When Robin Bisio goes for a walk at the Douglas Family Preserve or strolls through the rose garden on a sunny afternoon, she sees sprites and fairies. It’s not that the choreographer and filmmaker is hallucinating; she’s just sensitive to the spirit of natural places.

For more than twenty-five years, Bisio’s been making site-specific dances and dance films that capture her ethereal visions. She’s put ballerinas in tutus on the beach barefoot and let them frolic in the waves, given her dancers palm fronds to carry as they twirl across lawns, placed them in the branches of oak trees, and festooned their hair with wildflowers. Her dance film The Last Solitude, featured at the 2010 Santa Barbara International Film Festival, incorporated underwater imagery and was projected onto a giant block of ice in the outdoor archway of the County Courthouse.

Perhaps because her artistic vision is so unique and so specific, Bisio has tended to work independently. Yet as her interest in film has grown, she has begun to experiment with new artistic partnerships. This Friday at the Contemporary Arts Forum, Bisio will premiere Nymphaea, a dance film installation created in collaboration with artists from a variety of disciplines. Independent filmmaker Ted Mills, cinematographer Nik Blaskovich, dancer Erika Kloumann, and structural art guru Jon Smith have all contributed to the installation, while visual artist Ethan Turpin is creating related work to be shown concurrently in a side gallery.

This time, the film site Bisio has chosen is Lotusland, the 37-acre Montecito estate that the eccentric Madame Ganna Walska purchased in 1941 and transformed into a botanic wonderland. Bisio has titled the new work in honor of the property’s namesake species; Nymphaea is the Latin name for the water lily genus, to which lotuses belong. Bisio’s choreography for solo dancer casts Kloumann as a garden nymph, and Mills, who acts as film director, has chosen four main regions of the garden where the action takes place. Mills, who teaches film production at SBCC and will be familiar to CAF regulars as the guy who curates evenings of animated music videos, says capturing dance on film is one of the greatest challenges he has faced as a filmmaker. “It’s a question that haunts every director: how to achieve something between a straight filmed stage performance and hyper MTV-style cutting,” he said. Mills says he has aimed to replicate the way the eye perceives dance when it’s performed live, which is a combination of the close-up and the wide-angle view. Among his inspirations Mills cites Maya Deren, the American avant-garde filmmaker of the 1940s and ’50s who was fascinated with capturing dance on camera.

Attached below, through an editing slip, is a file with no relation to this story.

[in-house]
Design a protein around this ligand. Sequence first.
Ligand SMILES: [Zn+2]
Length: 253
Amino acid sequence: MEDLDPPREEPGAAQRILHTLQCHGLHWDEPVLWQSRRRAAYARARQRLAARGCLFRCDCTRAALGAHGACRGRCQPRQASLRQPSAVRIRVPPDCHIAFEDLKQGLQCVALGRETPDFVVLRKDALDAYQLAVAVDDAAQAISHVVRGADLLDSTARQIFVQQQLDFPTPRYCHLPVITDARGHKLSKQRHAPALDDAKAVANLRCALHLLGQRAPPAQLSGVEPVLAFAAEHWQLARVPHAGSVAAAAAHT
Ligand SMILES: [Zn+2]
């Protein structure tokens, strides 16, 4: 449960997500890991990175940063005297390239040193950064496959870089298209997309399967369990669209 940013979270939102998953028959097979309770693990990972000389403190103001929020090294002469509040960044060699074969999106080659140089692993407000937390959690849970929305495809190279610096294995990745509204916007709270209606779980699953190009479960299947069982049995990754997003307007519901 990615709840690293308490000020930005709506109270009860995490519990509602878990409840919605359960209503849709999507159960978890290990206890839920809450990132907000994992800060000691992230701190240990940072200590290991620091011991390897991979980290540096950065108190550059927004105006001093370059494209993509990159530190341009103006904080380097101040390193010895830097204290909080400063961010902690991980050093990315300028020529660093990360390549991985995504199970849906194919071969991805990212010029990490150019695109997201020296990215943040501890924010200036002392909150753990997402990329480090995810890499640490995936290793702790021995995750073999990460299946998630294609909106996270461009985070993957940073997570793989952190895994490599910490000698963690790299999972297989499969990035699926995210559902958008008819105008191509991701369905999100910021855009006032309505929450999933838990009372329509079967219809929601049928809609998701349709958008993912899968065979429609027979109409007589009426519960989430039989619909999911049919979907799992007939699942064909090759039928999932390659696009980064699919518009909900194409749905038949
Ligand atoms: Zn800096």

For Bisio, who’s become accustomed to directing her own films, it was a privilege to have Mills’s directorial eye. “He gave it more of a narrative arc,” she noted. “It was fascinating to see him treat the dance so reverentially, almost like a script.” According to Bisio, the final product is “totemic and tribal,” casting Kloumann as an ethereal spirit who dances through various outdoor ‘rooms’ with athletic abandon. The beauty of the female body, always a theme in Bisio’s work, is certainly central here, as is the relationship of the body to its surroundings, be they grassy lawn, bed of reeds, or lily pond. In a midriff-baring vest and deconstructed mini-tutu, Kloumann appears like a vaguely naughty nymph of the underworld come to cavort among the lotuses. Kloumann, who first began collaborating with Bisio over fifteen years ago, says the movement vocabulary of Nymphaea is deeply familiar to her and in keeping with Bisio’s signature style, but the new setting made the production of this film especially fun. “Lotusland is really magical,” she said, citing the property’s abalone pool among her favorite spots.

When the film is projected as an installation at CAF, it will appear on multiple screens on slightly staggered loops. Ambient sound will accompany the images, and visitors will be encouraged to wander through the gallery space much as visitors to Lotusland must stroll from one region of the garden to the next in order to absorb its lush complexity.

Opening night promises to be a social affair, but the film’s creators encourage those who are interested to return when there’s less of a crowd and immerse themselves in the installation’s layered subtleties.


The opening reception for Nymphaea will be held at the Contemporary Arts Forum this Friday, January 28 from 5-8pm. The installation will run through Wednesday, February 2, and is free to the public. For more information, visit sbcaf.org or call 966-5373.


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